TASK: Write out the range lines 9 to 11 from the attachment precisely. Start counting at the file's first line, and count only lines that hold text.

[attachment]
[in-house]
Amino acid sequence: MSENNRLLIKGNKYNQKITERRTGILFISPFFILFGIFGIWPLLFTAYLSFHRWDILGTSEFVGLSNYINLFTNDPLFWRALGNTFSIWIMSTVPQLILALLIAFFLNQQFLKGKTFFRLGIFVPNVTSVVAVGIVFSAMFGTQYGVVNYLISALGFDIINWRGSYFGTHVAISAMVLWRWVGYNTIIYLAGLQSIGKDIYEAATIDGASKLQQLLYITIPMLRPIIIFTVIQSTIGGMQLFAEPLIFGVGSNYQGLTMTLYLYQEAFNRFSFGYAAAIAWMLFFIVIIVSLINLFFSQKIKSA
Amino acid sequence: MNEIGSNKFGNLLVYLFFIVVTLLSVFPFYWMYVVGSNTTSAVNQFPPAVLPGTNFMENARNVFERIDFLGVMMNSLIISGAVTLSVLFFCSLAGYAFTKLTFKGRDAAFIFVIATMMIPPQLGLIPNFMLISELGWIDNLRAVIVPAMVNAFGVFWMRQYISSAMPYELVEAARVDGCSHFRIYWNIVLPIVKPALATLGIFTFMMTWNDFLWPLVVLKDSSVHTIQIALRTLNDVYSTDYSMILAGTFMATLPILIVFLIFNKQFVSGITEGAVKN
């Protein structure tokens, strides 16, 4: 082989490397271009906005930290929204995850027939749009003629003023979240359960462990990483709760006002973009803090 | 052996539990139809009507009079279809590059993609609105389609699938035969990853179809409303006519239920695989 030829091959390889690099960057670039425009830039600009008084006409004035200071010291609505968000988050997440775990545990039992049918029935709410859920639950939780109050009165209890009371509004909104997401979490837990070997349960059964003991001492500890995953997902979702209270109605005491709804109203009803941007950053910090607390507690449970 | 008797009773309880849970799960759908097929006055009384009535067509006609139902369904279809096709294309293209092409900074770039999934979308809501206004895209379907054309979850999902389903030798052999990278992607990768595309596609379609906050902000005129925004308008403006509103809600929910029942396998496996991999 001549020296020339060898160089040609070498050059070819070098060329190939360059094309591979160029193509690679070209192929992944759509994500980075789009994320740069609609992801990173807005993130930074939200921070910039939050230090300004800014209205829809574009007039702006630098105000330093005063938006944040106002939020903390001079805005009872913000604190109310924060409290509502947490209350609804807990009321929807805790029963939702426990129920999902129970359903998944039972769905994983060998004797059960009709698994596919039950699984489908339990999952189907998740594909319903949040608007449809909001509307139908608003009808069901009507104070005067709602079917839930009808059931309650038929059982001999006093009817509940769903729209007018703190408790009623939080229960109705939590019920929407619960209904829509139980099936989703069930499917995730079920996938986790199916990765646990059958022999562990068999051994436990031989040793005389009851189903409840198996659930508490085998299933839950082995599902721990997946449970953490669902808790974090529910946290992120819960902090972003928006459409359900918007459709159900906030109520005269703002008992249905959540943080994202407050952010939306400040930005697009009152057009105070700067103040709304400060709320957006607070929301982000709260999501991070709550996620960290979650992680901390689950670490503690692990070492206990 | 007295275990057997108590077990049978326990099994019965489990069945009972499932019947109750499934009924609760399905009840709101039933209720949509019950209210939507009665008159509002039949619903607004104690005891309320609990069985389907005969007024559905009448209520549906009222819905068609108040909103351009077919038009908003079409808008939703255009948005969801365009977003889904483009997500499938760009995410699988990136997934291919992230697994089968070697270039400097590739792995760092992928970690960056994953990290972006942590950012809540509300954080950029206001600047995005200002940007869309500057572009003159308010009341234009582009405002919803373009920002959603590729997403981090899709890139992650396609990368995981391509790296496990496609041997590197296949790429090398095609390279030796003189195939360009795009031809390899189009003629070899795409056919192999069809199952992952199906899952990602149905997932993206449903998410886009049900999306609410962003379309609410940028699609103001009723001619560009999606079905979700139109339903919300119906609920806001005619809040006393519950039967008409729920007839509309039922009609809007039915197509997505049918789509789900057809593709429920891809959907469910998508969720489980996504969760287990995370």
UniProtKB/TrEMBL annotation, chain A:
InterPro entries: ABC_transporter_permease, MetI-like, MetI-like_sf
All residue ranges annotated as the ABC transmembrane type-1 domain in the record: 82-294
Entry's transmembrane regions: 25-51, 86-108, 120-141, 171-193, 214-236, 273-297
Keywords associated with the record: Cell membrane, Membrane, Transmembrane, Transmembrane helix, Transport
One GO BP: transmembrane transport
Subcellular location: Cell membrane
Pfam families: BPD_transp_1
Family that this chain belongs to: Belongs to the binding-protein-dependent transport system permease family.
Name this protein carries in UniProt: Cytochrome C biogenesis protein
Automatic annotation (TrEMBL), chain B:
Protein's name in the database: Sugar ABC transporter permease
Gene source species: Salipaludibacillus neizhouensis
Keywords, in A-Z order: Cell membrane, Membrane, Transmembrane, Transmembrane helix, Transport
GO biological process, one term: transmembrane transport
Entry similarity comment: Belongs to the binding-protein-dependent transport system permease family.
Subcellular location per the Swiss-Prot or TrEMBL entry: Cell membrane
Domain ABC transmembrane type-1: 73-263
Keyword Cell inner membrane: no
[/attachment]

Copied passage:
Keywords associated with the record: Cell membrane, Membrane, Transmembrane, Transmembrane helix, Transport
One GO BP: transmembrane transport
Subcellular location: Cell membrane